It is clear that the Progressive Alliance project, much vaunted by co-leaders Caroline Lucas and Jonathan Bartley, and also by deputy leader Amelia Womack, was a failure for the Green Party, and the Green Party must move on from it in order to achieve better electoral success and win more seats in future elections. It must also build a stronger councillor base, as groundwork is crucial for winning marginal seats and target seats and making sure the voters know what the green alternative can bring.

 'What's Wrong With Ecologism'? by Malcolm Bailey

Swaddywell Pit Nature Reserve, Cambridgeshire. (photo by Malcolm Bailey)

The Green Party’s disappointing General Election June 2017 has been blamed on the failure of the ‘Progressive Alliance’ strategy, and the success of Jeremy Corbyn’s Labour Party moving leftwards and adopting many Green Party policies from our 2015 manifesto. Consequently some Green Party voices are now calling for a rightwards lurch by the Green Party, with the adoption of an ill-defined woolly ‘ecologism’ as our core message. The tired old mantra of ‘neither right, nor left, but forward’ has again raised its fatuous head, begging the question what constitutes forward?
This would be a mistake. Our social justice policies – including education, NHS, railways and utilities into public ownership, student tuition fees and maintenance grants, mental health provision, links with trades unions on a host of workplace issues, must remain our lead messages, together with our key environmental policies including anti-fracking, opposition to nuclear power and nuclear weapons, renewable energy and many others. Our environmental and social justice policies are interdependent. Together they identify the Green Party.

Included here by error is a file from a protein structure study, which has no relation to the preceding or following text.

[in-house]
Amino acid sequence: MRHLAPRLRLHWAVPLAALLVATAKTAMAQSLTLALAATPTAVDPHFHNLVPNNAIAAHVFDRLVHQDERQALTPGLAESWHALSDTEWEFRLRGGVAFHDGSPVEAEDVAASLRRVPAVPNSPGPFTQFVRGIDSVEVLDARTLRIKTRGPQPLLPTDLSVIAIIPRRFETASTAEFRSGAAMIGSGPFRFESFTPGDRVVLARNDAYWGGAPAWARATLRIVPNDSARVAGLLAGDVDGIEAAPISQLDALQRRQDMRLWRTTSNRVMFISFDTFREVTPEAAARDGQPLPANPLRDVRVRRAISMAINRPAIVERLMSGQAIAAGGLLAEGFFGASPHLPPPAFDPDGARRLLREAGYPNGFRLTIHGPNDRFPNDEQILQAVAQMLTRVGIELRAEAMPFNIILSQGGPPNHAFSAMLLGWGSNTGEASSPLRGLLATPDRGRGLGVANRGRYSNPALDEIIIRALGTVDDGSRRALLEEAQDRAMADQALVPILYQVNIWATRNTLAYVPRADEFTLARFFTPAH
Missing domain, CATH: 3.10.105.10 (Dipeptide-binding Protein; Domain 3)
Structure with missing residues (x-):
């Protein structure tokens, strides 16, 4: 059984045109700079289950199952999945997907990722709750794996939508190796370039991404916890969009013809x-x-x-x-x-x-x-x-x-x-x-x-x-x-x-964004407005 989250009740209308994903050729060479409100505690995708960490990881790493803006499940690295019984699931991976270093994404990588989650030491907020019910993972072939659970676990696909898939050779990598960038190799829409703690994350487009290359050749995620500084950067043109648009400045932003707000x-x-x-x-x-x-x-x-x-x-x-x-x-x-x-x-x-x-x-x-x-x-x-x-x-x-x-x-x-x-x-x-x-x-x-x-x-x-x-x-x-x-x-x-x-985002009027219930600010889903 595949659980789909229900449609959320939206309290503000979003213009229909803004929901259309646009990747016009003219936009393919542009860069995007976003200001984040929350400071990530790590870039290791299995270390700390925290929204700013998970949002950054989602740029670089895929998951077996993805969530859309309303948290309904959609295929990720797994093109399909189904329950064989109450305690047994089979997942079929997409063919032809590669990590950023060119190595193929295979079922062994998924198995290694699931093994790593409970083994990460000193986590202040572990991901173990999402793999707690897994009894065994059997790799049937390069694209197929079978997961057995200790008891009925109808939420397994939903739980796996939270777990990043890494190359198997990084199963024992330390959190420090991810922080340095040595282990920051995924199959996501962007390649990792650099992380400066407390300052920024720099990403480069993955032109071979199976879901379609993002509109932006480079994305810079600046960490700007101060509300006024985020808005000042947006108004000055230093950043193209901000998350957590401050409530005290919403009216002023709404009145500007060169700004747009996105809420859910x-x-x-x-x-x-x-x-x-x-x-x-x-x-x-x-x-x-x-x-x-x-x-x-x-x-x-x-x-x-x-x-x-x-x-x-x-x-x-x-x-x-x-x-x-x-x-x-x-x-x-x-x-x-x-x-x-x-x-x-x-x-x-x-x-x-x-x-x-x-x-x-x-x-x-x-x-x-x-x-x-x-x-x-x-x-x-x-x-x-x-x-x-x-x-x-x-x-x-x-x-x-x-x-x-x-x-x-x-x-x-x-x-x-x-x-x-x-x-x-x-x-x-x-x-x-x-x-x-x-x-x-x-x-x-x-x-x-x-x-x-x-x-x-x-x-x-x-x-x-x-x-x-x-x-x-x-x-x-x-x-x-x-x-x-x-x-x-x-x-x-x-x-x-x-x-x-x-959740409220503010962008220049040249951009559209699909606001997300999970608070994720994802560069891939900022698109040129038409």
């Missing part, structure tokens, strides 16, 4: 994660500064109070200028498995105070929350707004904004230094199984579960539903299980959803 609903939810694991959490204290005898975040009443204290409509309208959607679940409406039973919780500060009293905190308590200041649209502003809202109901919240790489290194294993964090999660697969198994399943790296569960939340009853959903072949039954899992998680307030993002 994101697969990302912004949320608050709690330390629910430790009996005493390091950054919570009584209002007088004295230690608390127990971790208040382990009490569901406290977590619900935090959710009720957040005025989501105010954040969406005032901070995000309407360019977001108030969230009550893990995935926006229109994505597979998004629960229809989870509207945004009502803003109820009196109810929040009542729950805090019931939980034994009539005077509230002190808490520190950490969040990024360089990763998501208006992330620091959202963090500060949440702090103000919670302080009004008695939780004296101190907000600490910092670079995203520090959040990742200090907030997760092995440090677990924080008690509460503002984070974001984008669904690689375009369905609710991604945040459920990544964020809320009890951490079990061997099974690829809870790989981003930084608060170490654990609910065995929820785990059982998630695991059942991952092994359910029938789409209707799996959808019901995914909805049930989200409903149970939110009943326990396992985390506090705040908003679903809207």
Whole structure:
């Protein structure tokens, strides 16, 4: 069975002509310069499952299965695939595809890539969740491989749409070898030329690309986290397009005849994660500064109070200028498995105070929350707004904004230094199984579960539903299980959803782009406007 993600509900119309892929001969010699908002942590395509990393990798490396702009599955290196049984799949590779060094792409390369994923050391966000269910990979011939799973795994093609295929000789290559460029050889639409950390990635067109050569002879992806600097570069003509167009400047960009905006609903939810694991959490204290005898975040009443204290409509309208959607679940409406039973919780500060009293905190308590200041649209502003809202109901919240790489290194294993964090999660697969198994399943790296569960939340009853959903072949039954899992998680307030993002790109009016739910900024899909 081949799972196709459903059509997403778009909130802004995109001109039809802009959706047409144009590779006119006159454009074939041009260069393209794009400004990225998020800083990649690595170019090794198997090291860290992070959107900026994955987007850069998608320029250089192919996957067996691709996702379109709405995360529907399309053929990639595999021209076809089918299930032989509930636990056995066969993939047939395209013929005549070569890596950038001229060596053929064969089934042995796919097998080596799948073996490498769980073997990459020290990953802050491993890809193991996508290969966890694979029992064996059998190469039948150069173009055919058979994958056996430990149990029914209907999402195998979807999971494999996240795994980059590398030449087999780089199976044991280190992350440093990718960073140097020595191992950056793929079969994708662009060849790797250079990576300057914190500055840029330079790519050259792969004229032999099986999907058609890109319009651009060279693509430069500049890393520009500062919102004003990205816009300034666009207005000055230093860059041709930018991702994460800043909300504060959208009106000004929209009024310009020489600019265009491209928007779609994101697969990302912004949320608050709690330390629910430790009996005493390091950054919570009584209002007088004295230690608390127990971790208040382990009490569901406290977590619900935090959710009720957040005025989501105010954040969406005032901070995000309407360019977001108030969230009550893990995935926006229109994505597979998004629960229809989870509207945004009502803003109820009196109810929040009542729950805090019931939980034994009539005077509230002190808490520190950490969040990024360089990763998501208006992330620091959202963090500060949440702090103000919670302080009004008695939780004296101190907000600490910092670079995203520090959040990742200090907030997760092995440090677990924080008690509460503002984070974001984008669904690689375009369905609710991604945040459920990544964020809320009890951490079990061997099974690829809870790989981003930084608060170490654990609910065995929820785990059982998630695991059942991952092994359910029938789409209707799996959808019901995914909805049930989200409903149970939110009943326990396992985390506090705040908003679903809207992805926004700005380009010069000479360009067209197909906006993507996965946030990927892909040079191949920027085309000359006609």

Opposing this vague ‘ecologism’ idea does not of course mean diluting our basic ecology principles. It is essential to draw a clear distinction between ecology and ‘ecologism’.
Ecology is a biological science. It’s the study of ecosystems and the interconnectedness of all living things and their environment. All Green Party policies are evidence–based and consistent with the science. Our policies against global warming due to human activities are rooted in overwhelming scientific evidence. Green Party members are deeply concerned about pollution, contamination of habitats, degradation of oceans and rain forests, loss of biodiversity and endangered species. Many Greens, including myself, support groups such as Wildlife Trusts and the RSPB, engage in conservation activities and perhaps wildlife gardening, gaining a practical insight into local ecology issues.
Ecology is not ecologism. Ecologism may be broadly defined as an ideology founded on the application of ecological concepts and priorities to political and moral issues.  It has numerous varieties, including shallow, social and deep ecology. There are significant and valuable aspects of the various categories of ecologism, especially social ecology, but in general they fail to address adequately the fundamental origins of the environmental crisis, do not offer a radical solution, and do not represent a viable future direction for the Green Party.  This is not about factional politics. It concerns open democratic policy / strategy debate and consensus.